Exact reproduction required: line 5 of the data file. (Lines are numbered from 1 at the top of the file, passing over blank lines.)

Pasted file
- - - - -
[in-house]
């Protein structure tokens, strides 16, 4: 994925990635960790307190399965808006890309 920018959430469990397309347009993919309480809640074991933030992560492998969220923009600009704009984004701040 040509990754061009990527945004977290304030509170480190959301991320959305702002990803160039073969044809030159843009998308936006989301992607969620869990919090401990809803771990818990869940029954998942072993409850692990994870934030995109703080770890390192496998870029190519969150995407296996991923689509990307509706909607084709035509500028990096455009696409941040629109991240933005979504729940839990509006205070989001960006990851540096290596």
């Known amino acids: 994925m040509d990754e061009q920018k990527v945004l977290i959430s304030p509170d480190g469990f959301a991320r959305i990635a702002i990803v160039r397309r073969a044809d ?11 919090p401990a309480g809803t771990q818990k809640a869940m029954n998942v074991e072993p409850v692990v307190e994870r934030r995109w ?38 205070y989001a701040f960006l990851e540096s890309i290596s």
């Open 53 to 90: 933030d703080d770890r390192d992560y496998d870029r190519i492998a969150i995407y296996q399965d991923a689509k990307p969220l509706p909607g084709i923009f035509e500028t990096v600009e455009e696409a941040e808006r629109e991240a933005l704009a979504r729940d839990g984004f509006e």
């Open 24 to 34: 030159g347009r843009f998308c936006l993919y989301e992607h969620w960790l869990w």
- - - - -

């Open 24 to 34: 030159g347009r843009f998308c936006l993919y989301e992607h969620w960790l869990w």